Material studied Northern Cape Province, 3220 (Sutherland); 3.5km S of Sutherland (-BC), Manning 2163 (NBG); 5km N of Komsberg Pass summit (-DB), Manning 2165 (NBG). Acknowledgements- We would like to thank EGH Oliver for translating the diagnosis Into Latin, J Manning for bringing this species to our atlention and for the plant material provided to us. Thanks to my father, G Summerfield for finding and cultivating this as well as several other species and to A de Villiers for sharing some of his interesting personal observations of this species.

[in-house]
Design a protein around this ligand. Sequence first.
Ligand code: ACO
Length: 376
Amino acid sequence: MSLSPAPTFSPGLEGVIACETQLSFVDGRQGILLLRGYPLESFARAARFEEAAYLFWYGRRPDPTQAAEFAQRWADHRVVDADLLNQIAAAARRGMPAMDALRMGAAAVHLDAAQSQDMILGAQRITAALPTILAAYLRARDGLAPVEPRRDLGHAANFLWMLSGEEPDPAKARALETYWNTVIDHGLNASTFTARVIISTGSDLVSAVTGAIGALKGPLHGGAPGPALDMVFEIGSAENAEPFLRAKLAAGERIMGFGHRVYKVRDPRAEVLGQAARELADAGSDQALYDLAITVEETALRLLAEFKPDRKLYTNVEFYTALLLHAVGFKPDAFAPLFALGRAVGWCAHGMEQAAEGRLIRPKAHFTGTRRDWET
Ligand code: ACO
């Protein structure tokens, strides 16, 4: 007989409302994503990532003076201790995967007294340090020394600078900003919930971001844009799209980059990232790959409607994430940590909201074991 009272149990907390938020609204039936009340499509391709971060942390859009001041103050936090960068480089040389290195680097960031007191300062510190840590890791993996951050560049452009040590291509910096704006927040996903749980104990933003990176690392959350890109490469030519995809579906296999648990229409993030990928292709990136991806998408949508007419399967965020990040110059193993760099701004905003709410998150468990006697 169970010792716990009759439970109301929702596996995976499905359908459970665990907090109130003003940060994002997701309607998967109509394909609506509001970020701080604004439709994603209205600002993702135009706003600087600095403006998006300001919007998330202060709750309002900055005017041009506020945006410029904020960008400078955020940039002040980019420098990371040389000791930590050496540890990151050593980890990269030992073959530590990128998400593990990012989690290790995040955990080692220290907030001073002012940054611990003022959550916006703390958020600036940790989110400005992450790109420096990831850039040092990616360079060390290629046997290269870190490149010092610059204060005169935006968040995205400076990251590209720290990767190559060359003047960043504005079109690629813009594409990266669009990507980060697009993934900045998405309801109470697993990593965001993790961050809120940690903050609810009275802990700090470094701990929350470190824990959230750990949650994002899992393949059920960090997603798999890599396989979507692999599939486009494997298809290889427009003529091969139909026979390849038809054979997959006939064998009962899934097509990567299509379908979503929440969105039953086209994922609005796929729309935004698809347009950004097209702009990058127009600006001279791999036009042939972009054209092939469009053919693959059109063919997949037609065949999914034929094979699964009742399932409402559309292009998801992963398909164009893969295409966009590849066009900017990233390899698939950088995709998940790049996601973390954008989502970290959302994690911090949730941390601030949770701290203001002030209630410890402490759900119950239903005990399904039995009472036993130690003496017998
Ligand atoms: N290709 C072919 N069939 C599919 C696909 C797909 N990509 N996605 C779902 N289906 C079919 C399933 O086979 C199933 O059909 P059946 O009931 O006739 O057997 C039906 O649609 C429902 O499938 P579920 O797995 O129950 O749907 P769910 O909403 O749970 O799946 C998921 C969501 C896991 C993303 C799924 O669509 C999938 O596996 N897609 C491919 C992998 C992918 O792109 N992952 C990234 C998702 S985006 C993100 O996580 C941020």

References Jessop JP (1976) Studies in the bulbous Liliaceae in South Africa: 6 The taxonomy of Massonia and allied genera. Journal of South African Botany 42:401-437 MOIIer-Doblies U. MOIIer-Doblies D (1997) A partial revision of the tribe Massonieae (Hyacinthaceae). Feddes Repertorium 108: 49- 96 Vander MerweAM (1998) The South African Massonieae- an interesting but confusing subject for a PhD thesis. IBSA (The Indigenous Bulb Association of South Africa) Bulletin 47: 11- 13